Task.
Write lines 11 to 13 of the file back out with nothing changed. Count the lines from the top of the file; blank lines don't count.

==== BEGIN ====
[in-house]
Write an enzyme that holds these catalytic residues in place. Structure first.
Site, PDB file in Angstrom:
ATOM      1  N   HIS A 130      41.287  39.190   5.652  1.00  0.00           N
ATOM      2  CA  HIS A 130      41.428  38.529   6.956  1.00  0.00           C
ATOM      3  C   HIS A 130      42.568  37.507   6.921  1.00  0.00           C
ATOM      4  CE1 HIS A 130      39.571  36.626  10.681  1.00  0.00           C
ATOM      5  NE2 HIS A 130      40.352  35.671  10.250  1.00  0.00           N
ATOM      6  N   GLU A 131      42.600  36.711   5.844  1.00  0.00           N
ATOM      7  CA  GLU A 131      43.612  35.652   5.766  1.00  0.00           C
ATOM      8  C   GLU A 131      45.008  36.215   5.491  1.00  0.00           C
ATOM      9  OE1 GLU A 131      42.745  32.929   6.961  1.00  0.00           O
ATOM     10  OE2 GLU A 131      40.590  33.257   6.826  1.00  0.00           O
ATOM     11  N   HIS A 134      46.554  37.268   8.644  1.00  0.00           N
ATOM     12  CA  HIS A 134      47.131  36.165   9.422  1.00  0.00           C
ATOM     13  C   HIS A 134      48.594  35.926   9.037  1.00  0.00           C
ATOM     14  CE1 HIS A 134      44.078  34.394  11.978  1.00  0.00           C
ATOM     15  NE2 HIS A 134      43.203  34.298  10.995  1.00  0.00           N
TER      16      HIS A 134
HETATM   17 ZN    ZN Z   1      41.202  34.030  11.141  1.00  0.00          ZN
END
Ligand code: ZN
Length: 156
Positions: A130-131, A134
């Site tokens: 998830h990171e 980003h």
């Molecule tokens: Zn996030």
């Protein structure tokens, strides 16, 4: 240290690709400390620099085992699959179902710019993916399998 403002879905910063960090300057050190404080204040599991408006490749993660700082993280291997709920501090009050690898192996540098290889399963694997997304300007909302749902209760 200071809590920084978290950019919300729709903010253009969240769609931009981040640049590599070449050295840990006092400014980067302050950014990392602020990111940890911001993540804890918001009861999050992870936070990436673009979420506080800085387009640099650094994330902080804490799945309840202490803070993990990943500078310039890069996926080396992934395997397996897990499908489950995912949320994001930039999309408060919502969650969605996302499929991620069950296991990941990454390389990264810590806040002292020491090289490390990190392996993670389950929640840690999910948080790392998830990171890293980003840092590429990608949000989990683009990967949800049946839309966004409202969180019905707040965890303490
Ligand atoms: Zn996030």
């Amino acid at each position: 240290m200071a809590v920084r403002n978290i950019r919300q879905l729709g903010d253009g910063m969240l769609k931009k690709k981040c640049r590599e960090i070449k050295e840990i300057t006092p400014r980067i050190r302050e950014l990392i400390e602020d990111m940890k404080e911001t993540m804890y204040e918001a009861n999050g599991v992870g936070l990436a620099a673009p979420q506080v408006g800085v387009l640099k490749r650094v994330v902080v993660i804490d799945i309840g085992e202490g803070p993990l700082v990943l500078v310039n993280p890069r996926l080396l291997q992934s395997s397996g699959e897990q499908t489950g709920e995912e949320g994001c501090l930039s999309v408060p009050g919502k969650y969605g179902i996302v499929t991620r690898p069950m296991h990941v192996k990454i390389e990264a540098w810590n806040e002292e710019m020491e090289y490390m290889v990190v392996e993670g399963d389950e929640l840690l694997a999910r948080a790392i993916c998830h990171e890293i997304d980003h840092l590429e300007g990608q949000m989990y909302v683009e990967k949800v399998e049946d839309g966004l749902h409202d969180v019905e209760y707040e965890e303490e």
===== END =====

ATOM      8  C   GLU A 131      45.008  36.215   5.491  1.00  0.00           C
ATOM      9  OE1 GLU A 131      42.745  32.929   6.961  1.00  0.00           O
ATOM     10  OE2 GLU A 131      40.590  33.257   6.826  1.00  0.00           O